American Electric Power (NASDAQ:AEP) is a pure-play regulated utilities company with service territories in the South (Texas, Oklahoma, Eastern Louisiana, and Eastern Arkansas) and Midwest (Ohio, Indiana, Michigan, West Virginia, Virginia, and Eastern Kentucky).
The utility holding company is a giant in the industry, boasting the nation’s largest transmission network (40K miles) and one of the largest distribution networks (225K miles) in the US. It also owns a diversified power generation fleet with about 25 gigawatts of capacity.
AEP enjoys a few key advantages that make it an attractive investment opportunity, especially for dividend growth investors.
First, it operates in mostly favorable regulatory environments and areas of above-average growth. Even if its allowed ROEs aren’t the highest in the industry, its regulatory environments tend to be quite stable over time, promoting predictability. And many of its service territories enjoy strong population and economic growth.
Second, AEP’s vast transmission network and investment opportunities to expand that network are a valuable asset, especially as more wind and solar power facilities come online. The power they generate outside of population centers will need to be transmitted to those population centers.
Third, though the utility has ambitious capital investment plans ahead, its investment grade credit ratings of BBB+ (S&P), BBB (Fitch), and Baa2 (Moody’s) should ensure relatively low-cost debt financing over time.
Finally, management aims for 6-7% EPS and dividend growth over time, which, combined with AEP’s current dividend yield of 3.9%, renders an interesting dividend growth investment opportunity with potential total returns of about 10%.
AEP recently reported somewhat disappointing Q2 2023 earnings, but this relative weakness came largely from milder than expected weather in certain areas. Weather is obviously variable and can be beneficial or detrimental. It doesn’t change the long-term investment thesis as outlined in the points above.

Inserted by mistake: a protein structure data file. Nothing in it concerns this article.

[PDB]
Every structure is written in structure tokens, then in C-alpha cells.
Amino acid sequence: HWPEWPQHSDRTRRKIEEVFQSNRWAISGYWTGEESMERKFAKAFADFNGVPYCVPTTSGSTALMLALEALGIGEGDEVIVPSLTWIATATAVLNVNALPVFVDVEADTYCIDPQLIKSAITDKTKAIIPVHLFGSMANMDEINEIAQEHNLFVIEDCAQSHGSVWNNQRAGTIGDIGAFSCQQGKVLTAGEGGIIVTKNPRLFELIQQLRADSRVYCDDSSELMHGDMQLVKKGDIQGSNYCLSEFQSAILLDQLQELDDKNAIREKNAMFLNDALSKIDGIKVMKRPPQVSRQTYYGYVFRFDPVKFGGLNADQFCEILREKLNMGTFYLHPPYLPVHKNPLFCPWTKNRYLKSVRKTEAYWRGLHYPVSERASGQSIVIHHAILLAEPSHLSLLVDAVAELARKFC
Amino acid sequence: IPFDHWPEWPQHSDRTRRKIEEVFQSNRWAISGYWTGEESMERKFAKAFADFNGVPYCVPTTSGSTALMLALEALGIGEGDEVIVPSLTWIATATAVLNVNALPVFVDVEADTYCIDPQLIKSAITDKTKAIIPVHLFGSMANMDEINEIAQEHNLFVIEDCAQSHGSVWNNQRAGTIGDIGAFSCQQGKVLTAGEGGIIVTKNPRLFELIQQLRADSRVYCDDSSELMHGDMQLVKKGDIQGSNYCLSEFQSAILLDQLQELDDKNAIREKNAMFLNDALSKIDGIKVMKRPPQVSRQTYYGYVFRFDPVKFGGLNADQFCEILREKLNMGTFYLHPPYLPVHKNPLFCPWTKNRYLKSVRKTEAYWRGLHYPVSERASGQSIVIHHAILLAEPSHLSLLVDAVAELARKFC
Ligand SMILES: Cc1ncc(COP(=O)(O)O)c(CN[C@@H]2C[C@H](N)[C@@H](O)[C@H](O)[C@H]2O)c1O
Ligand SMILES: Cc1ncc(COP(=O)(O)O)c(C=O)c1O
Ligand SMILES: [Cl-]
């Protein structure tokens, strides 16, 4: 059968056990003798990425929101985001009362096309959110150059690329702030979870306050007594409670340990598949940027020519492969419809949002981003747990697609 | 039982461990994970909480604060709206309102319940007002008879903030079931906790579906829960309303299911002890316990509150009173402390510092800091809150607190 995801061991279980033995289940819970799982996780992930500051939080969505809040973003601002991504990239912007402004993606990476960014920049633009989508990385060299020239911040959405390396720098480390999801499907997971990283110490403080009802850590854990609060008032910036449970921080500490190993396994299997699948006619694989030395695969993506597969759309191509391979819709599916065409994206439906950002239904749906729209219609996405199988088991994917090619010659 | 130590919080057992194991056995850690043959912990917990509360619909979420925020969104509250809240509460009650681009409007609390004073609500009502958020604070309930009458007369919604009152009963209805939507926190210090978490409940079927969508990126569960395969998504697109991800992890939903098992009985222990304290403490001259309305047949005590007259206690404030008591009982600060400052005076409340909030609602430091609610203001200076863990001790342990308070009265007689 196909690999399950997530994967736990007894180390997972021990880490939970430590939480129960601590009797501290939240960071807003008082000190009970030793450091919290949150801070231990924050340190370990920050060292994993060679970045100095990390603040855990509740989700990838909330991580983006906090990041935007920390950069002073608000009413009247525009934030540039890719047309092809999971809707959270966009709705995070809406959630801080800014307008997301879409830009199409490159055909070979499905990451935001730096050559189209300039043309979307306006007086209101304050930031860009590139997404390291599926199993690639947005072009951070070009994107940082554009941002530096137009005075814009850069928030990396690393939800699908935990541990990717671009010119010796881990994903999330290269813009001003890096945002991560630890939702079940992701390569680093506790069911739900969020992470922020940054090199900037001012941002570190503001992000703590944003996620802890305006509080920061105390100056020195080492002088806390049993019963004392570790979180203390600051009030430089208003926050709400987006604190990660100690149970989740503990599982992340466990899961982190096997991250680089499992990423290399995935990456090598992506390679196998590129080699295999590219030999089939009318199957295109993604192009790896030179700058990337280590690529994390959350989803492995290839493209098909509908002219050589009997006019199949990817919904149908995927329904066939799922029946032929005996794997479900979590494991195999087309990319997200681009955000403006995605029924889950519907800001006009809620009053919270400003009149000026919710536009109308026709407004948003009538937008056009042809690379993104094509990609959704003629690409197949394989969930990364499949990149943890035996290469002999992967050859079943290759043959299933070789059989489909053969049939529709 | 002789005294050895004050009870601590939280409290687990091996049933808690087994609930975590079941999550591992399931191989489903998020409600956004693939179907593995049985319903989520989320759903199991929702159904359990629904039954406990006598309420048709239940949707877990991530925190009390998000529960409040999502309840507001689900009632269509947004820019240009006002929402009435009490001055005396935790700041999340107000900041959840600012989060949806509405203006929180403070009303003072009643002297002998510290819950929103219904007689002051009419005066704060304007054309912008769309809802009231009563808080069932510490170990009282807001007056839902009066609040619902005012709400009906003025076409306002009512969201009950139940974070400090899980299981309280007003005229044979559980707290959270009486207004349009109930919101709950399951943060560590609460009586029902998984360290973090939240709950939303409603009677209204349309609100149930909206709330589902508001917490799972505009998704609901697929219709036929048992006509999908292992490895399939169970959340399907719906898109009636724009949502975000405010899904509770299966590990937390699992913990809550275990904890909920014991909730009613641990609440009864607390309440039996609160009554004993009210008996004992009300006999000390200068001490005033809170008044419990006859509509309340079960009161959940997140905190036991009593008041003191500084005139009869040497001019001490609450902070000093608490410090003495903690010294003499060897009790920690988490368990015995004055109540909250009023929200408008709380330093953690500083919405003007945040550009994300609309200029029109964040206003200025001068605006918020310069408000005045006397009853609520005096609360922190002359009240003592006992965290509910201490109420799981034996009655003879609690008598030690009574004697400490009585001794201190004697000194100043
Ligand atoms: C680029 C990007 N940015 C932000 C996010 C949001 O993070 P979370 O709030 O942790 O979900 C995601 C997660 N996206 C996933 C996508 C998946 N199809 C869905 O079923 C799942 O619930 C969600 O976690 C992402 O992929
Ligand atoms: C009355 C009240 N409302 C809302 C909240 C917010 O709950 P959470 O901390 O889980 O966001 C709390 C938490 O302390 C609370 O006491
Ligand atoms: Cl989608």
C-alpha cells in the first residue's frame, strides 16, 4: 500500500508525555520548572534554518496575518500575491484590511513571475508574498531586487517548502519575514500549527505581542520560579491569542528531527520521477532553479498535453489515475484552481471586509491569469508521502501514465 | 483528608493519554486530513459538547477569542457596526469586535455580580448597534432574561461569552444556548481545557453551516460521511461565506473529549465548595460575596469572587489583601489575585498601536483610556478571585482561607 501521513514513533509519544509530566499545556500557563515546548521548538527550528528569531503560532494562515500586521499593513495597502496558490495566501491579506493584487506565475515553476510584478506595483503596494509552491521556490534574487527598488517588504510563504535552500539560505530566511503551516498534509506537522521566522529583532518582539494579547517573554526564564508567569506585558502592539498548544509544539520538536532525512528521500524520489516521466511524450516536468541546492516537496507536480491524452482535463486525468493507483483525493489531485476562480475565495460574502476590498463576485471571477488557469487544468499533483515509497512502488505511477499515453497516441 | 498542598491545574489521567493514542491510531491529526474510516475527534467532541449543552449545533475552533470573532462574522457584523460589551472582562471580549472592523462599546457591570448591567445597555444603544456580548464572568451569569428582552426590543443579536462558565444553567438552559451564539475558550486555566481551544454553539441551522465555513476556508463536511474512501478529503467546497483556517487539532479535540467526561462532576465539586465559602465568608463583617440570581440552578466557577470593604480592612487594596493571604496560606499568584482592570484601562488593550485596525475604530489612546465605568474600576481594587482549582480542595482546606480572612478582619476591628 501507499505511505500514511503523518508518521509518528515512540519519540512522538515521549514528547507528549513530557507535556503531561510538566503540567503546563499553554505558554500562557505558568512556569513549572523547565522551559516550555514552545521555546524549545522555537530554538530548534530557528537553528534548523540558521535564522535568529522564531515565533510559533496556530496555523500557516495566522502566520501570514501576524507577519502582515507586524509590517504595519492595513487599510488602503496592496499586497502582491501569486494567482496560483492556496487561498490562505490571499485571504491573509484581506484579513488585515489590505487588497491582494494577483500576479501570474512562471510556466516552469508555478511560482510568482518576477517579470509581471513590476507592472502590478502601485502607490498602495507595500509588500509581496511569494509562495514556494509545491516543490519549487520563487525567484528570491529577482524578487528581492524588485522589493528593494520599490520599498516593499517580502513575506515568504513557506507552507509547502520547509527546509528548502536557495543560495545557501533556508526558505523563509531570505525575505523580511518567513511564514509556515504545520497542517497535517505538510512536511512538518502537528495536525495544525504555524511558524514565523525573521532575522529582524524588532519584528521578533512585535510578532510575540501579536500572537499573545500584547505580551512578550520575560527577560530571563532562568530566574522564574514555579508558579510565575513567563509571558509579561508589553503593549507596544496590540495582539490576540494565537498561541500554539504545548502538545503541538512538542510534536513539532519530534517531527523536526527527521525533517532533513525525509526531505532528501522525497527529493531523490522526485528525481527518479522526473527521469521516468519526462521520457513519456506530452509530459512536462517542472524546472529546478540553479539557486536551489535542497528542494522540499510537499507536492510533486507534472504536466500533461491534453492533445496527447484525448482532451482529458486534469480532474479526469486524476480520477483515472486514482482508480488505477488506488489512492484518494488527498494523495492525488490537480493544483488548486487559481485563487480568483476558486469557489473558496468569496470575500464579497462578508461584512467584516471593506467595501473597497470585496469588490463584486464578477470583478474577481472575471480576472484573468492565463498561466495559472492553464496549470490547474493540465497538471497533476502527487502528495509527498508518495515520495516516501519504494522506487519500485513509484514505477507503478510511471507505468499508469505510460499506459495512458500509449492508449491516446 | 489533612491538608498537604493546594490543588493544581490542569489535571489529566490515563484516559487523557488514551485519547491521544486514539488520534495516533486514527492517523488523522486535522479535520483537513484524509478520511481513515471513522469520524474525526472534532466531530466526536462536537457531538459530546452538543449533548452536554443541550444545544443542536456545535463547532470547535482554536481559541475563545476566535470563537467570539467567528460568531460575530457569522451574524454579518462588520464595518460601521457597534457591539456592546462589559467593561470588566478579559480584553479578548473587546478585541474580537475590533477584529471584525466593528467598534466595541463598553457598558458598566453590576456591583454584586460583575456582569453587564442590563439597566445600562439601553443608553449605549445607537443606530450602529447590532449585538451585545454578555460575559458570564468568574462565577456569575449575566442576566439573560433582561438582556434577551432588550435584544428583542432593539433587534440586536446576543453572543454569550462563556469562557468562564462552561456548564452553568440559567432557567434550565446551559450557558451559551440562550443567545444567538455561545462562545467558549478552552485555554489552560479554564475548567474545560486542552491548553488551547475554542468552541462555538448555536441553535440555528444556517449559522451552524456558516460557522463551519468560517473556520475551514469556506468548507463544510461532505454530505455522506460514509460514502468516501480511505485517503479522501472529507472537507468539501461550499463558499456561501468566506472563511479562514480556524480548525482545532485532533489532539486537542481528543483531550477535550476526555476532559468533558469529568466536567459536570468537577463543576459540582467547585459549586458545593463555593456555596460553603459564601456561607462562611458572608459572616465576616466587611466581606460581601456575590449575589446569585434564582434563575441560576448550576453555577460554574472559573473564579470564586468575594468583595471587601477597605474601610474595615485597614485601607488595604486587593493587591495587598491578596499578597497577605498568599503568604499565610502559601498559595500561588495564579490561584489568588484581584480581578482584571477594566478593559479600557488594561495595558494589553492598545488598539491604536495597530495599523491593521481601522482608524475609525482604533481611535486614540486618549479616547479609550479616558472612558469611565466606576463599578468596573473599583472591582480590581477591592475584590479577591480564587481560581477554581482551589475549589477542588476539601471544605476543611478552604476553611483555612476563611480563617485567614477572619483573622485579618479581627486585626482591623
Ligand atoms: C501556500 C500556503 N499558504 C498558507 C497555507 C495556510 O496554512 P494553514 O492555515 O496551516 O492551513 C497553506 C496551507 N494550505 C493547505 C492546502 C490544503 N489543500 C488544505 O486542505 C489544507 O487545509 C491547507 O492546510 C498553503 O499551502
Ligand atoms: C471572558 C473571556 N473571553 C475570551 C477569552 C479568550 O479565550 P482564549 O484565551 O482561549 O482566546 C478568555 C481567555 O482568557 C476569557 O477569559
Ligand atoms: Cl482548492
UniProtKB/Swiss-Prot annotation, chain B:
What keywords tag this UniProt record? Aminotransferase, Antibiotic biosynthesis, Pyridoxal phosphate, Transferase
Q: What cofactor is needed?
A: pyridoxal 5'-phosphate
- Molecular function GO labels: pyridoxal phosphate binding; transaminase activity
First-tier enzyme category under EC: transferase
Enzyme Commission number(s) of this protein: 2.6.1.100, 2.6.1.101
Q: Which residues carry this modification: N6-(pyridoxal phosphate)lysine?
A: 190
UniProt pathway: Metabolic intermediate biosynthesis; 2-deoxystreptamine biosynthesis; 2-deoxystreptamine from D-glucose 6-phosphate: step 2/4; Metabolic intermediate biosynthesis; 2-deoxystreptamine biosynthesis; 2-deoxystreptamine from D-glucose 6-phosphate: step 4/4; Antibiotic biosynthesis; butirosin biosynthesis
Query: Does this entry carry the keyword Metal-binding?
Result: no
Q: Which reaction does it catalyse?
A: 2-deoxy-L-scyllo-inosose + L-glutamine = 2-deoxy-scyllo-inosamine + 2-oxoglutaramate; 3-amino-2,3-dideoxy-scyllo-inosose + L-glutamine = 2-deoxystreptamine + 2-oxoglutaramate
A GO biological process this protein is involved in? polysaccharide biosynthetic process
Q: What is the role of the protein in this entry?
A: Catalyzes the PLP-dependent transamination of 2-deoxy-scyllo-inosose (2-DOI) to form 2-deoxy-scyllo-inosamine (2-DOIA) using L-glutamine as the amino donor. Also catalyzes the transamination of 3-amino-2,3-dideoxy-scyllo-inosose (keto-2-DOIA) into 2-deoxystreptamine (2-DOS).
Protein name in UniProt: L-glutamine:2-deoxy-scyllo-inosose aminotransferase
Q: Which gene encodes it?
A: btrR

Midyear Update On A Utility Stalwart
Bolstering management’s 6-7% annual EPS growth target is AEP’s $40 billion 5-year capital deployment plan. About 2/3rds of that is expected to go toward transmission and distribution wires, which will significantly strengthen the resiliency and efficiency of the power grid.
Notice that 22% of the expected capital deployment is in renewable power generation assets, namely wind and solar. These facilities tend to be located outside of population centers, which increases the need for transmission and distribution wires.
As such, investments in renewables and wires tend to be mutually beneficial.
Somewhat worrisome about this plan is the fact that Texas grid regulators have demonstrated a resistance to adding further renewable power to the grid. This may be political, or it could be related to grid reliability concerns. In any case, AEP has also gotten renewables projects approved in other states in its territories, such as Kansas, Ohio, Virginia, Illinois, and Oklahoma.
Moreover, of the $8.6 billion in expected investment in renewables over the next five years, AEP has already secured approvals for over $5 billion of that.